Unfilled Radiology Positions

You’re a medical resident looking for your next residency or fellowship position, and we have the perfect one for you. We post vacant spots at various PGY levels and positions outside of the Match. We are constantly updating the list of open positions below, so check back often.

Open Radiology Residency

Radiology is the medical practice of using sophisticated medical imaging technology to diagnose and treat diseases and injuries. Some examples of radiology examinations include X-rays, ultrasounds, computed tomography, fluoroscopy, positron emission tomography, and magnetic resonance imaging.

Radiology has revolutionized modern medicine by allowing doctors to study the inner activities of a living human body without surgery. Most primary care doctors and healthcare professionals collaborate with radiologists to help diagnose and treat patients.

For this reason, you can find radiologists working in most medical care facilities, including hospitals, private medical practices, outpatient care facilities, rehabilitation centers, research centers, diagnostic centers, etc. Medical doctors and specialists from several different fields rely on radiologists extensively.

The American Board of Radiology is the official organization that issues board certifications in radiology. A candidate will need to complete a four-year undergraduate program, four years of medical school, four years of a residency program, and at least one year of a fellowship in a specialization of radiology.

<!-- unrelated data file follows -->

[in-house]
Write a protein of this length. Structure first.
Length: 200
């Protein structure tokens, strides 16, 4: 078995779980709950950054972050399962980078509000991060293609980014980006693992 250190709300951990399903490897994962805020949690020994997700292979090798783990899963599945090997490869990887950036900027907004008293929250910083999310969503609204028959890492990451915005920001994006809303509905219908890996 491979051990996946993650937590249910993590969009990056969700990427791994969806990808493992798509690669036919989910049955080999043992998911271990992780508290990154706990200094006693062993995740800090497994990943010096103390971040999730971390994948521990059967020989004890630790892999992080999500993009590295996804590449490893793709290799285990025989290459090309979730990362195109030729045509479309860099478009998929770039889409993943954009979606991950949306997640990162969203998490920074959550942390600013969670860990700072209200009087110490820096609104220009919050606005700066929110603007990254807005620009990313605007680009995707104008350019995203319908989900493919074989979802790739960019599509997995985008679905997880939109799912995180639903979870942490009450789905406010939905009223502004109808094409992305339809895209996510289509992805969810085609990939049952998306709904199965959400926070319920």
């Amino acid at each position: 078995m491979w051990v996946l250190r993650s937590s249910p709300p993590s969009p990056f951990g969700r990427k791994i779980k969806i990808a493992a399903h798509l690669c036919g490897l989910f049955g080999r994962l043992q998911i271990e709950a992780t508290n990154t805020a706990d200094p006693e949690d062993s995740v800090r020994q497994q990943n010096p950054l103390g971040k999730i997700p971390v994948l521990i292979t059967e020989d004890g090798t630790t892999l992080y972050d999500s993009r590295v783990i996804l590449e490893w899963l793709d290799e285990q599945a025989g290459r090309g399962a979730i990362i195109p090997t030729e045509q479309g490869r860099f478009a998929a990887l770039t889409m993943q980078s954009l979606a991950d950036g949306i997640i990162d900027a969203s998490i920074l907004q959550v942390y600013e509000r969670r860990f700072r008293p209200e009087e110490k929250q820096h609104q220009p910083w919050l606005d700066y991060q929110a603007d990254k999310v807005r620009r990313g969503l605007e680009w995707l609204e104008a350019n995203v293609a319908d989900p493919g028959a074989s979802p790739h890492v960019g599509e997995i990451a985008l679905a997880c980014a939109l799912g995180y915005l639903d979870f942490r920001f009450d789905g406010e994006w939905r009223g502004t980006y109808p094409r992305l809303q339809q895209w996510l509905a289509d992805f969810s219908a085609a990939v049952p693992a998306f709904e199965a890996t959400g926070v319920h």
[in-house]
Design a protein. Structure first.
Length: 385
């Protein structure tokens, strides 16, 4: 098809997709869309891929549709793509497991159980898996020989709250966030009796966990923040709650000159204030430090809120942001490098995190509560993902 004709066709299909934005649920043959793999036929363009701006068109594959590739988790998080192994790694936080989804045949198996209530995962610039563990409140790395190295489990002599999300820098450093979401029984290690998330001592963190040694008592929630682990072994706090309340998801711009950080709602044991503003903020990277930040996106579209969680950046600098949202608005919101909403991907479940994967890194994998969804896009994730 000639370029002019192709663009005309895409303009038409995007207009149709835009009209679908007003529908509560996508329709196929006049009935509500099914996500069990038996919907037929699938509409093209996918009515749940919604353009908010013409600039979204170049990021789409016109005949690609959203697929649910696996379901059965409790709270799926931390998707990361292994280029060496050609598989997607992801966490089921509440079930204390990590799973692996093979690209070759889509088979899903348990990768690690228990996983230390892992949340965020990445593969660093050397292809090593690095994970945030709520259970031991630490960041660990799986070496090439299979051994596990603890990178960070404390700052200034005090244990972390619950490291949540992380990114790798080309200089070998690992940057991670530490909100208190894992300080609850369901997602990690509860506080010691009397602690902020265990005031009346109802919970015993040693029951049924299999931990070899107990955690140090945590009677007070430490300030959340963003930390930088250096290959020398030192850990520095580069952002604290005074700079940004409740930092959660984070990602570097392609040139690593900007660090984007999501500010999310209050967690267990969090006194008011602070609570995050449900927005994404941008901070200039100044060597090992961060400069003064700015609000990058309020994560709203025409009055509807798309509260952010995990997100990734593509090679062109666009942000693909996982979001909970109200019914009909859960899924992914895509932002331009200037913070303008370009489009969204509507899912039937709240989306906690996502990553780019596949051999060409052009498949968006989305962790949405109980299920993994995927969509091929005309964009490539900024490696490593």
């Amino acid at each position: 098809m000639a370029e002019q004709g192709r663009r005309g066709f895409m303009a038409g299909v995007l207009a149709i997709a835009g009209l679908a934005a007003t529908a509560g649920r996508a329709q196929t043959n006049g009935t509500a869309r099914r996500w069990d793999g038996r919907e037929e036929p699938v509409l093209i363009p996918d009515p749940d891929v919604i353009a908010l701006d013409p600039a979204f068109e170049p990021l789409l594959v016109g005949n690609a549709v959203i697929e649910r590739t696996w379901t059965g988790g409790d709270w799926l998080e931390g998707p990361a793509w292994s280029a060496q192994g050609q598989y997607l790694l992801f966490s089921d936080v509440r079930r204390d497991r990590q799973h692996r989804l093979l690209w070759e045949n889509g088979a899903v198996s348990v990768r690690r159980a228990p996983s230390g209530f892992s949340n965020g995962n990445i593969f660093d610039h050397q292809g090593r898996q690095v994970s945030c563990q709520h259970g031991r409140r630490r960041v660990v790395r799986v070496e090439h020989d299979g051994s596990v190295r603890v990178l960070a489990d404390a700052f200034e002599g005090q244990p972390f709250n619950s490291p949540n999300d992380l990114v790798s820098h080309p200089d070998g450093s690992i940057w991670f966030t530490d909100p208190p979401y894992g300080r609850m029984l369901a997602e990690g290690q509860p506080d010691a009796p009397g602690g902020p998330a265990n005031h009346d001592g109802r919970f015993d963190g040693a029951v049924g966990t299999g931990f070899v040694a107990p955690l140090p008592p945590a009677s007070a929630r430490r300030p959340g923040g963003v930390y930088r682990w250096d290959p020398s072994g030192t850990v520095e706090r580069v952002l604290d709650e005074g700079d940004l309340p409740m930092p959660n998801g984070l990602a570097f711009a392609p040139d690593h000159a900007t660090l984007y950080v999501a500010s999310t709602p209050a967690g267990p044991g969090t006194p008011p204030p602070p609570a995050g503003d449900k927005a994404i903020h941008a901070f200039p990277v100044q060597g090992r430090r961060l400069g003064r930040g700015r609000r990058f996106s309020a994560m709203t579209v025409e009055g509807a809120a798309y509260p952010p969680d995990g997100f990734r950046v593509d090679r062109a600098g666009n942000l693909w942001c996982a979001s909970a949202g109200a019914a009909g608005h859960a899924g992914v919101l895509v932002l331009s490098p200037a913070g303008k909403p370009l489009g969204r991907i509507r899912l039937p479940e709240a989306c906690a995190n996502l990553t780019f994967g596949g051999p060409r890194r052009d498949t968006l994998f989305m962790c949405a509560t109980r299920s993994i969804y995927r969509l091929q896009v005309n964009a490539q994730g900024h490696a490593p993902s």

Radiologists don’t practice the same areas of radiology. When you apply for a fellowship, you need to choose a specialization in a particular area of radiology. Those choices include the following:

  • Emergency Radiology
  • Cardiovascular Radiology
  • Pediatric Radiology
  • Musculoskeletal Radiology
  • Mammograms and Breast Imaging
  • Chest Radiology
  • Neuroradiology
  • And more others

Any diagnostic radiologist must receive training in one or more of these subspecialties. As for those who plan to become interventional radiologists, they train to treat patients after diagnosing them.

Interventional radiologists use imaging technology to assist in guiding instruments and administering minimally invasive treatments in the body. MRI or X-Ray imaging allows interventional radiologists to find the source of the medical problem inside the body and deliver the necessary treatment.

These minimally invasive treatment methods are far less risky to the patient than traditional surgery. That is why a patient suffering from a stroke, heart disease, or cancer may seek treatment from an interventional radiologist before attempting surgery.

The interventional radiologist only needs to make a tiny incision to reach the source of the problem with their specialized equipment. Not only is this method more effective and less dangerous, but it offers less recovery time too. Patients can usually go back to resuming their daily activities within much shorter timeframes.

Start Your Residency or Fellowship Today

Explore our up-to-date list of vacant residency and fellowship positions in diagnostic and interventional radiology. Both are high-demand fields of medicine, with plenty of job opportunities available in virtually every medical facility in the country.

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